It is that time of the year when observations can begin to feel a tiny bit tedious. You’ve spent time contacting schools and teachers, checking your calendar for corresponding dates, traveled all over the city (and in some cases, the state) to see teachers in action. You’ve interviewed students and instructors about their methods, taken intense notes, and attempted to later turn them all into several coherent papers. It’s an awesome process, but one that can definitely take it out of you. This semester, however, I have had the pleasure of having every field experience be with some truly exemplary teachers. And in this blog post, I want to take a moment to thank them for all the amazing work they’re doing.
Most recently was Mr. Clancy at James G. Blaine Elementary School, who I observed teach a very thoughtful lesson on ratios to his 7th grade students. Mr. Clancy made use of guided questioning during his discourse with students to open up their thinking and to challenge them to extend what they already knew into unknown territory. I was so happy to hear Mr. Clancy speak about some of his priorities in the classroom, which are to help students focus less on the “end product” and instead on the journey. He spoke about hoping his students will learn to be problem solvers and that they will feel confident taking on work even if they aren’t sure of what the solution is. Mr. Clancy demonstrated authenticity both in his descriptions of the goals for his classroom and in his every interaction with students. The classroom environment was simultaneously mellow, upbeat, and very rigorous.
Oddly enough, I have now also observed in Mr. Clancy’s wife’s classroom. Mrs. Clancy was an equally phenomenal math instructor who works with 4th and 5th grade students at Newberry Math and Science Academy. We visited her classroom on Halloween, which is a day that offers many challenges for teachers. Mrs. Clancy was prepared for this with five interactive math centers for the students to rotate through. The students practiced math concepts in pairs, earning points and feeling like they were playing games instead of working. As I walked through the space, I saw learners who were adept at solving problems and eager to do so. Mrs. Clancy stayed stationary at one center that was focused on introducing a new concept to her students. Although she was in one position throughout the class, her management of the room was stellar. She displayed a behavior rubric for each activity and was able to guide the students through almost seamless transitions between each station. She was a powerhouse of a teacher, and I’d be very interested in visiting her again!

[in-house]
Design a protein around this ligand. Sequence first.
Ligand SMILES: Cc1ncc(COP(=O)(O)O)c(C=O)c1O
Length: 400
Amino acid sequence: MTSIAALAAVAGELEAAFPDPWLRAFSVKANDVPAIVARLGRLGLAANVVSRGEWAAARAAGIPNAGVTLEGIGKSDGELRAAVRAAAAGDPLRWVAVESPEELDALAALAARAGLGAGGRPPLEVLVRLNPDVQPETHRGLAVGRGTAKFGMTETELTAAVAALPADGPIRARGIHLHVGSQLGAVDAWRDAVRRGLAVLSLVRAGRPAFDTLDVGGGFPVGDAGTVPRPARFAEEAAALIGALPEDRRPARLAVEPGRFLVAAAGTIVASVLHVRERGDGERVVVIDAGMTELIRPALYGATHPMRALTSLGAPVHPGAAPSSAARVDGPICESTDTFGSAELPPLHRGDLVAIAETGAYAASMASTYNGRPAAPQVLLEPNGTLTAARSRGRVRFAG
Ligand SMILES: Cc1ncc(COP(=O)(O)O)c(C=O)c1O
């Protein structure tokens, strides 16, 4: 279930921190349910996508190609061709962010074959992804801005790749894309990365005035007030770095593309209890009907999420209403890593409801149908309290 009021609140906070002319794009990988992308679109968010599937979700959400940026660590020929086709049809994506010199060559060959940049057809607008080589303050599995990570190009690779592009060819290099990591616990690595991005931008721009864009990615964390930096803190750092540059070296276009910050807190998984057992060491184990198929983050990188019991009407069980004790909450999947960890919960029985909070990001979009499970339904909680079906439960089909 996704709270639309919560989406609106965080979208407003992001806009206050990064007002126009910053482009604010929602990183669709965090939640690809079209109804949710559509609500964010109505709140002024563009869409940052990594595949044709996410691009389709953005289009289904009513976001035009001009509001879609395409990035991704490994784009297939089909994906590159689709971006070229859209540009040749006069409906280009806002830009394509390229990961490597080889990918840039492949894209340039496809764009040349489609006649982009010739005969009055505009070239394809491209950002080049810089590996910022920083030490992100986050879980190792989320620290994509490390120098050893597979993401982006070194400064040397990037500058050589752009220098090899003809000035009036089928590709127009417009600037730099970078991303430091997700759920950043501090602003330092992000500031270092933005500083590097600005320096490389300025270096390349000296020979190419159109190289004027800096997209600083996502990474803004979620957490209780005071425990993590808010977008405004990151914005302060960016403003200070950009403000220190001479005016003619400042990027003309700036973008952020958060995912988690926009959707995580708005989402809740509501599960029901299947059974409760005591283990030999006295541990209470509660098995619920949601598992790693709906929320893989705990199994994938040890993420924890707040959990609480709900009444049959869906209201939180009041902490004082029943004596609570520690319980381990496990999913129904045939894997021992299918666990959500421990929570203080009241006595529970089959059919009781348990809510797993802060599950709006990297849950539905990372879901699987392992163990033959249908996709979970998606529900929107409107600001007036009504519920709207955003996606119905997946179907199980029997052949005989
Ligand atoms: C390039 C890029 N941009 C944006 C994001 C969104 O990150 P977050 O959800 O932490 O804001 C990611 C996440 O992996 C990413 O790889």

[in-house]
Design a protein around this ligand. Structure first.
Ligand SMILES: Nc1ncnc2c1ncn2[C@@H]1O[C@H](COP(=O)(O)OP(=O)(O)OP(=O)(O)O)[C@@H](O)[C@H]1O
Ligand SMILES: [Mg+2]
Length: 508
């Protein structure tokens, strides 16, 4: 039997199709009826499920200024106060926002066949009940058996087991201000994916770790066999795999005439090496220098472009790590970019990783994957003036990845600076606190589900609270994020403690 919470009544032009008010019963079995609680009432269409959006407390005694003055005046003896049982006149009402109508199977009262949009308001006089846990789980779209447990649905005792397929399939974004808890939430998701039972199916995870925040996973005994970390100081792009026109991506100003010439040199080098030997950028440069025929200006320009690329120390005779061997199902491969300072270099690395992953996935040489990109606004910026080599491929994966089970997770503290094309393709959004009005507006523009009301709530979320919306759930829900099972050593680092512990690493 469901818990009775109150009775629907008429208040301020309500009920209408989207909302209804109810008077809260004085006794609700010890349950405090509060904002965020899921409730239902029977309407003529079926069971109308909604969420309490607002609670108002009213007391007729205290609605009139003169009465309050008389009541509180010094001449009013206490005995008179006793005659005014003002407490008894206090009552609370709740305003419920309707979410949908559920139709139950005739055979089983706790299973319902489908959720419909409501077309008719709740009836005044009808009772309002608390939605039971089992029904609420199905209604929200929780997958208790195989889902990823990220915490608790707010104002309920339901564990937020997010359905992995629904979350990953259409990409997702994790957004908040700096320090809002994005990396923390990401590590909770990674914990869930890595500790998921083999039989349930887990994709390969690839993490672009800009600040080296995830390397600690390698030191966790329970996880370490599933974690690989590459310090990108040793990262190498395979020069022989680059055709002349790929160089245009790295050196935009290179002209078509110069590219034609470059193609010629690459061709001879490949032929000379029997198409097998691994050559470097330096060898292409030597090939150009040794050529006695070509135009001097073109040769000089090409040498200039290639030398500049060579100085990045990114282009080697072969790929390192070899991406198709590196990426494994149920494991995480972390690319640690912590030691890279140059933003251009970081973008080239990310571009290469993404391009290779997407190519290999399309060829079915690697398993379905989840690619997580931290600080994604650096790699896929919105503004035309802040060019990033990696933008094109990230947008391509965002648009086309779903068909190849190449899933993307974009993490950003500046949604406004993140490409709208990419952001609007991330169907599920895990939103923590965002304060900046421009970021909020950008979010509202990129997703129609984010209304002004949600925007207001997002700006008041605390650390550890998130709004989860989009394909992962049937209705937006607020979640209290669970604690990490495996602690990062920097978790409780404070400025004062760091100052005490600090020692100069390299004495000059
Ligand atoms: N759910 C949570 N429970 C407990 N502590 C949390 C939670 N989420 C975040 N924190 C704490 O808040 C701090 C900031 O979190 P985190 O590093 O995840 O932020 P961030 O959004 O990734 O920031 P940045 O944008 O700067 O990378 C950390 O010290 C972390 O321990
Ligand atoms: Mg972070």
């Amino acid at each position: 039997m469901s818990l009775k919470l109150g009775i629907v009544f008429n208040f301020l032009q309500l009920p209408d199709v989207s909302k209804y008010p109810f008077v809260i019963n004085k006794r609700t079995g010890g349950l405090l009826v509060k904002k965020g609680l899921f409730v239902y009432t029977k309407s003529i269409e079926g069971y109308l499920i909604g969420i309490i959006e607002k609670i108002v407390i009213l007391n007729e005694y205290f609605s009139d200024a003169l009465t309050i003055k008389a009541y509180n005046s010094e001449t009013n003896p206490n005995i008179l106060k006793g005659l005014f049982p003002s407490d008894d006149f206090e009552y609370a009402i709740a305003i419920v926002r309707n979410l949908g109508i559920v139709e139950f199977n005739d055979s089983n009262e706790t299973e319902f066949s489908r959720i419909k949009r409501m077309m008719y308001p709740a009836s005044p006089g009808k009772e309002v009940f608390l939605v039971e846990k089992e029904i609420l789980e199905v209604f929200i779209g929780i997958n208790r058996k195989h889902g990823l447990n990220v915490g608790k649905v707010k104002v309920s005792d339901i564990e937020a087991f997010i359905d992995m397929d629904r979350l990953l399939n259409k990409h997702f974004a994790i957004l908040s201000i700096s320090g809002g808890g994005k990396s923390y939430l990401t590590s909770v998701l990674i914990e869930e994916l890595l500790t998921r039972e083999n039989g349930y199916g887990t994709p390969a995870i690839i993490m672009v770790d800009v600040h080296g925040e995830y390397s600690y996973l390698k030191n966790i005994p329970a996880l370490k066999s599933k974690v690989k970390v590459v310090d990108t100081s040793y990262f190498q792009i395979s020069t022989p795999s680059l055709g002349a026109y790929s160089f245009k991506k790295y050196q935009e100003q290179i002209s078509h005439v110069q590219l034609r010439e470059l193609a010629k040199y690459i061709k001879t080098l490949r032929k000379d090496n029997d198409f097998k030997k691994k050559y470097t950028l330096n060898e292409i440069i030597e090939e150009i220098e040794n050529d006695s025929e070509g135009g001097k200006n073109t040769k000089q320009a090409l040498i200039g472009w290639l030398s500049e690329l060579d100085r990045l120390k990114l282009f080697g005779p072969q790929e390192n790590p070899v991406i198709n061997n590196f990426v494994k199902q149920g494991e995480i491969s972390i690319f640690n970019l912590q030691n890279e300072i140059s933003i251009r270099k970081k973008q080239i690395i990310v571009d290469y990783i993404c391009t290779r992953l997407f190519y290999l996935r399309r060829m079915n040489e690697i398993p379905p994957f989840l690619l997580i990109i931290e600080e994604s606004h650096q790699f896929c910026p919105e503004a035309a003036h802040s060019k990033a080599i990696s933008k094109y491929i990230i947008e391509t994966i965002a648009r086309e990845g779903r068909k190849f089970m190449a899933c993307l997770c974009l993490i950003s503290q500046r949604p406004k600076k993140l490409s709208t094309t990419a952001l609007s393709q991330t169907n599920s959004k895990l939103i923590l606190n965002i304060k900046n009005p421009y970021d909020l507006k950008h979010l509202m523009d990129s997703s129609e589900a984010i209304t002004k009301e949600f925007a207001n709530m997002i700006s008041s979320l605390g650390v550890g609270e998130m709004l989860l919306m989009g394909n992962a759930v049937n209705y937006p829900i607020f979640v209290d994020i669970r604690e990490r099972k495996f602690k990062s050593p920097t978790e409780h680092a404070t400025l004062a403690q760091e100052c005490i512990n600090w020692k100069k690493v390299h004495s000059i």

Ms. Borjas is a 5th grade math teacher at Calmeca Academy of Fine Arts and Dual Languages. She very graciously allowed a team of students to complete a teacher work sample in her room. Ms. Borjas planned an entire lesson around a pre-assessment created by our team. When we came in to her class to watch her teach it, we were all rapt with attention. In an hour and a half class she managed to incorporate all modalities while she demonstrated to students how to build a bar graph, convert the data into a side by side graph, and then how to use the same data to create a pie chart. And, she did this with post-it notes and a white board. Students were up and moving through out the room, learning and using math terms, drawing graphs, transferring data, and interpreting data from charts, and all in one day. It was one of the most cohesive and engaging lesson plans I have ever seen. AND, she is a Columbia alum!
The field experience in Mr. Clancy’s room was the last of the year that isn’t in my student teaching classroom. It was an odd feeling knowing that I had finally completed one of the largest pieces of the grad school puzzle (120 hours of field experience!). I’m really grateful that I got to spend my last observation with such a positive example of what teaching should be. I’m excited to transition into the next big thing: student teaching!
It is that time of the year when observations can begin to feel a tiny bit tedious. You’ve spent time contacting schools and teachers, checking your calendar for corresponding dates, …